Steve Howe of Yes happy to still do what he loves

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      The Rock and Roll Hall of Fame is notorious for taking forever to induct bands that almost everyone but the institution’s voting members thinks are overdue for entry. There was much frustration among rock fans—especially of the Canuck persuasion—when the mighty Rush kept getting shunned, even after 13 years of being eligible for admission.

      Rush finally got inducted in 2013, and last April Geddy Lee and Alex Lifeson were invited to introduce one of the class-of-2017 inductees, prog-rock legends Yes. “And we thought we waited a long time to get into the Hall of Fame” were the first words out of Lee’s mouth when he spoke at the ceremony, before he and Lifeson gushed about what a huge influence Yes had been on their rock-crazed teenage selves.

      On the phone from a tour stop in San Diego, Yes guitarist Steve Howe­ admits that the Rock Hall has its shortcomings.

      “Everybody knows that they take too long to induct bands and sometimes they do it either when everybody dislikes each other or many members have passed away. That seems a bit tragic, because of all the people in Yes who were keen on this—I was most probably the least keen—Chris Squire very much was,” Howe says, referring to the group’s long-time bassist and cofounder, who died in 2015. “He felt that this was the way that the industry and the fans showed how important we were. I mean, personally, after years and years of hearing ‘Oh, this year you might be [inducted],’ I lost interest.”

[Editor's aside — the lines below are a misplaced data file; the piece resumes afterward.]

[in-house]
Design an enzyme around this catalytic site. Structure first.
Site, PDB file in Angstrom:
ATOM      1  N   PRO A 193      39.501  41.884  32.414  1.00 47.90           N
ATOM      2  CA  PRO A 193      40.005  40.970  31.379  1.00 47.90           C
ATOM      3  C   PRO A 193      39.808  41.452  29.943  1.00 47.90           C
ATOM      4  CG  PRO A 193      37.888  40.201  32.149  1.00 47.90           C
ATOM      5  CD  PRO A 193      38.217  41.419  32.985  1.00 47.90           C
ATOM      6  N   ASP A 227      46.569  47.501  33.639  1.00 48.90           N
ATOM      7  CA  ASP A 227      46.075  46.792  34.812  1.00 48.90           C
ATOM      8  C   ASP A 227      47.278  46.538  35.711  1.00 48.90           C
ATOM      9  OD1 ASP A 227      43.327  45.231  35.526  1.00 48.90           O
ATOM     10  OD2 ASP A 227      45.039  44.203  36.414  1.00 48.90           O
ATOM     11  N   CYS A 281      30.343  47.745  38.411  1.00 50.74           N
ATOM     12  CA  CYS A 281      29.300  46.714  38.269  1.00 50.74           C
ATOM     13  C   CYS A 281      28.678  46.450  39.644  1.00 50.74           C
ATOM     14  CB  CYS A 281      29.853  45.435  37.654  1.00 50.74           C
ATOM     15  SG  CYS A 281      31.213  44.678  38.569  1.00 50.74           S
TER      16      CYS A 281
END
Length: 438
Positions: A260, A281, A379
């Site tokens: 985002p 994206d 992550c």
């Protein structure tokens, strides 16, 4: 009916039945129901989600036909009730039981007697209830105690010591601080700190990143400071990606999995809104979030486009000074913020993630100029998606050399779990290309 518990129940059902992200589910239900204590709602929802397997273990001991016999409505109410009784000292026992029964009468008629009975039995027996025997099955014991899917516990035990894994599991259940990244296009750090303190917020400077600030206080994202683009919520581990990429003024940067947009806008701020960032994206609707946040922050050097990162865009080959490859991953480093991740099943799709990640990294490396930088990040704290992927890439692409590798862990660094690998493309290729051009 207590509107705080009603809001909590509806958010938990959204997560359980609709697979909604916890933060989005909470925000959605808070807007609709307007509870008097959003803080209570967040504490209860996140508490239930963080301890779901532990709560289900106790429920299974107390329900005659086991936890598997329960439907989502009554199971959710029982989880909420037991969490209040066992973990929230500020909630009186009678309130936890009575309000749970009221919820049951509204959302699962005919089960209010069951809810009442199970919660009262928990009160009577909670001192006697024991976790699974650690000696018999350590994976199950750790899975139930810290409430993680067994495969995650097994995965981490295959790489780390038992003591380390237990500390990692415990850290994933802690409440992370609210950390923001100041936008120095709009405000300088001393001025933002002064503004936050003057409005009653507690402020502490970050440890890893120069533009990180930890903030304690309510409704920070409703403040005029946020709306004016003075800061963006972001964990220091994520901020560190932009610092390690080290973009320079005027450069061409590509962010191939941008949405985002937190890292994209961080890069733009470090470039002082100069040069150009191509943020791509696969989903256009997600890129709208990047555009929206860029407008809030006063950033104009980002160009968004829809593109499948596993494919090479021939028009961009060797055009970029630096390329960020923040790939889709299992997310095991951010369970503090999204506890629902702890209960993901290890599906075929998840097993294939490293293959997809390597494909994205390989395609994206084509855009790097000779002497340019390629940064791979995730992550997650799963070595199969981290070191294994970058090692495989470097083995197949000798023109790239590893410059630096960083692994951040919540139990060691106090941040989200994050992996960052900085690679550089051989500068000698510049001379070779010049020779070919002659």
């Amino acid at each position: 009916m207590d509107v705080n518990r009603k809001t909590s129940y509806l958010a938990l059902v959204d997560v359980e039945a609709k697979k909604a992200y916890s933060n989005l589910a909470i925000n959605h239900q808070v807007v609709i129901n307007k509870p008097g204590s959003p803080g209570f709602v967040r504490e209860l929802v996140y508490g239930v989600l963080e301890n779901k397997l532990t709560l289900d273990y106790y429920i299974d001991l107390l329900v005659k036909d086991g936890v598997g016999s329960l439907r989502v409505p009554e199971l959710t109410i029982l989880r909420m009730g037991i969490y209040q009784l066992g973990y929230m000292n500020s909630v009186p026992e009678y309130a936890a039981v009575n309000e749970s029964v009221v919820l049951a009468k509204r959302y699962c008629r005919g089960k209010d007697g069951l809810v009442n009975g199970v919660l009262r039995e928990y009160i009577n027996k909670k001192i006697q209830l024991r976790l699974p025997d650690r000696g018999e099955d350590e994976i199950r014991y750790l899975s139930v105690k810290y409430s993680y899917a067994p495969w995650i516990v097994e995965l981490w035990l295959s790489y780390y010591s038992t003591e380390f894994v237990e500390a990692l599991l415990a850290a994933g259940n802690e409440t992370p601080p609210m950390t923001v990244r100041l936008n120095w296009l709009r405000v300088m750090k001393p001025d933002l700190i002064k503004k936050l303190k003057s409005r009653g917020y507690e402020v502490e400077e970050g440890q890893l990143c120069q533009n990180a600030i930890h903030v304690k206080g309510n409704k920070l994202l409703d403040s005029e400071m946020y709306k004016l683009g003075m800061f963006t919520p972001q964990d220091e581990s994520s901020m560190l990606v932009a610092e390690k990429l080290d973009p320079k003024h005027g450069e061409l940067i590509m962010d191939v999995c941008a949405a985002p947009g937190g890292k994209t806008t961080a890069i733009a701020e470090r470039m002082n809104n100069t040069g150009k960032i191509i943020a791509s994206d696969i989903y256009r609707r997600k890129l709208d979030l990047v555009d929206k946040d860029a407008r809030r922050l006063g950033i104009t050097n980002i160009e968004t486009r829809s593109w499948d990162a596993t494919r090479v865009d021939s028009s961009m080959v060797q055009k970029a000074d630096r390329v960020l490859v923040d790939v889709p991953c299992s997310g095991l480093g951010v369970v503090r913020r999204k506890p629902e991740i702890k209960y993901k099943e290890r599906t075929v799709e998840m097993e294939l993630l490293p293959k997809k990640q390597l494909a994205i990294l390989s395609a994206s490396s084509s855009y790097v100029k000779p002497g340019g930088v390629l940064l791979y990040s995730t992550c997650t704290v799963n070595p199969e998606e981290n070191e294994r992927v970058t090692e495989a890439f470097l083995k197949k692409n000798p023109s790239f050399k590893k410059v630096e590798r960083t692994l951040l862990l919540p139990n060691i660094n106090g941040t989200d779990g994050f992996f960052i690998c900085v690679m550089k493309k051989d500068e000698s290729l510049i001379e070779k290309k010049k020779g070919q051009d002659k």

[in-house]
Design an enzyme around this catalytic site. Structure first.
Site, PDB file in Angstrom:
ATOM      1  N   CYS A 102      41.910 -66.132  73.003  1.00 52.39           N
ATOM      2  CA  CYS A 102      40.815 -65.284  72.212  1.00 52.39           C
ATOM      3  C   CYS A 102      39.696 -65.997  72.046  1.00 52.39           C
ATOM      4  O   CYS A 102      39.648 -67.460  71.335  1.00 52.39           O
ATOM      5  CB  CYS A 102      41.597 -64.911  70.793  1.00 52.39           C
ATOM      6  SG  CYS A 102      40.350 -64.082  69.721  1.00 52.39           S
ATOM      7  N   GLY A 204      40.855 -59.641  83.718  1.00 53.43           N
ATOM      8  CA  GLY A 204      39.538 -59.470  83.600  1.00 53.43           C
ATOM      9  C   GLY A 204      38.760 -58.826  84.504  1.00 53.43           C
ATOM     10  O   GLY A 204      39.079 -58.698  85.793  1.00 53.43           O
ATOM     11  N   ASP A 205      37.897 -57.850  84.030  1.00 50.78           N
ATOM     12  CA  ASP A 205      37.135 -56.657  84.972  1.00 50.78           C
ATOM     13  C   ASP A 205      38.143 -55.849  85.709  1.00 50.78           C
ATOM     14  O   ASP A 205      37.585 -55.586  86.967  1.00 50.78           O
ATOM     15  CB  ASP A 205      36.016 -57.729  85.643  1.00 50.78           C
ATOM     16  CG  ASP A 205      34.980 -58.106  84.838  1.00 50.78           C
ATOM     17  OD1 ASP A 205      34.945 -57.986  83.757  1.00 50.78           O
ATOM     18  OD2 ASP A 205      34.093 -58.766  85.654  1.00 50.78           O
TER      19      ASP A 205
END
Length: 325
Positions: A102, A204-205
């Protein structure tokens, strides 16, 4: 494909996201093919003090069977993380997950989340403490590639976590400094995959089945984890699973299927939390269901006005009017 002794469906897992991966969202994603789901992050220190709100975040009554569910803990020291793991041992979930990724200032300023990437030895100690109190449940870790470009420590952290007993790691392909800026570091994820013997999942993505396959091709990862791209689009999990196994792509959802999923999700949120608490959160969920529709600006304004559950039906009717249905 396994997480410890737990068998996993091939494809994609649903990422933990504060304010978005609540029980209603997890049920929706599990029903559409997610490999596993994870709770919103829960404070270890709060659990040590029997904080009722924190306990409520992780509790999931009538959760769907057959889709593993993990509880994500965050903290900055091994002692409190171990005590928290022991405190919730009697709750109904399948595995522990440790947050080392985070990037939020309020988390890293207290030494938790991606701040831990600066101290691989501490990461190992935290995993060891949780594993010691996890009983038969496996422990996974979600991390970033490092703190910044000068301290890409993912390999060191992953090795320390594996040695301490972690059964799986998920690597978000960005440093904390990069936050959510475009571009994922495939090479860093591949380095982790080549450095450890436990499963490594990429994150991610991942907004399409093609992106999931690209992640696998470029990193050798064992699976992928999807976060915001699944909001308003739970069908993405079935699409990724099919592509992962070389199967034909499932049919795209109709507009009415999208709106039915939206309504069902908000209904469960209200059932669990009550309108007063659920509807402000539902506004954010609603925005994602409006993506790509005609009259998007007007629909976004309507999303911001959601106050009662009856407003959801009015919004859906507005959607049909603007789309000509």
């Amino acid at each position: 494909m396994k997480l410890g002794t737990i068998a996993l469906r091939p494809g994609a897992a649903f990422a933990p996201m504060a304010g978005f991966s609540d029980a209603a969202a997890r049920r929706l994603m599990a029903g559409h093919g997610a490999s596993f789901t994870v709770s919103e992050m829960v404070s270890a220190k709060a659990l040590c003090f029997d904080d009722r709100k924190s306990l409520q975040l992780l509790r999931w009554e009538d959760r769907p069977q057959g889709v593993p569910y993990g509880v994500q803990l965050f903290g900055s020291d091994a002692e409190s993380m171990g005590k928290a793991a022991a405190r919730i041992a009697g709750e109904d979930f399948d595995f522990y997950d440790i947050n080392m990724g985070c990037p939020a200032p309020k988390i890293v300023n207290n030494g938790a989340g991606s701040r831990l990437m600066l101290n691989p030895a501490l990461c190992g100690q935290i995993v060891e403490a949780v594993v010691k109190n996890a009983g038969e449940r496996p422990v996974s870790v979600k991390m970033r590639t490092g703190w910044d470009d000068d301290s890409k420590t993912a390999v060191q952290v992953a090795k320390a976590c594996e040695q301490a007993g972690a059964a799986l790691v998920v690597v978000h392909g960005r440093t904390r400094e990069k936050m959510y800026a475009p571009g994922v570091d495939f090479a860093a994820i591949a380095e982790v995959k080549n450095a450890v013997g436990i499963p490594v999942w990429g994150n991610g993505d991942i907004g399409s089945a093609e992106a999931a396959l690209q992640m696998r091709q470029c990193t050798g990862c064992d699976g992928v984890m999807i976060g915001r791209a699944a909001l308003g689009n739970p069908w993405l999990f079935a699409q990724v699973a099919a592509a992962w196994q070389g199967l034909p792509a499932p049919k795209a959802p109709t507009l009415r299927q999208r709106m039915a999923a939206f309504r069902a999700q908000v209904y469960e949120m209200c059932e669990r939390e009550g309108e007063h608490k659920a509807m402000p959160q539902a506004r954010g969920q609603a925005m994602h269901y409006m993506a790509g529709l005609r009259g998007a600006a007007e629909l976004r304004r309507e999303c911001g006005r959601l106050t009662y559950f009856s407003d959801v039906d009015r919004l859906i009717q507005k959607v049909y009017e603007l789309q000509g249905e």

The induction ceremony took place the day before Howe’s 70th birthday, but age hasn’t slowed the fretmaster down much at all. After a spirited rendition of the band’s ’70s crowdpleaser “Roundabout”, with Lee on bass, Howe grabbed a Rickenbacker four-string to handle Squire’s parts on the 1983 hit “Owner of a Lonely Heart”, delivering the bottom end exactly as his old friend had done.

      “I love playing the guitar, and I feel I’m playing better than ever,” says Howe, whose touring version of Yes finds former Sky Cries Mary bassist Jon Davison handling Jon Anderson’s distinctively high-pitched vocals. “I don’t really have a restriction technically—I don’t have a bad finger or a bad elbow or something. So I think the most important part of your body to keep well is your mind, and a lot of people think they can’t do anything about that. Certainly, taking antidepressants is never going to help it. All I’m really saying is that I like to keep alert for music, you know, if nothing else. Music’s a very big role in my life, second only to being caring and loving towards the people I love.

      “If there’s something I couldn’t do now, that would be fairly depressing,” he adds, “and I’d rather go out and do something else. So I’m only going to carry on playing while I believe I’m playing at least as well as I always have. And if possible, like Segovia said, you keep learning and you keep loving the guitar. And you keep playing it. That’s my goal.”

      Yes plays the Queen Elizabeth Theatre on Tuesday (September 5), with guest Todd Rundgren.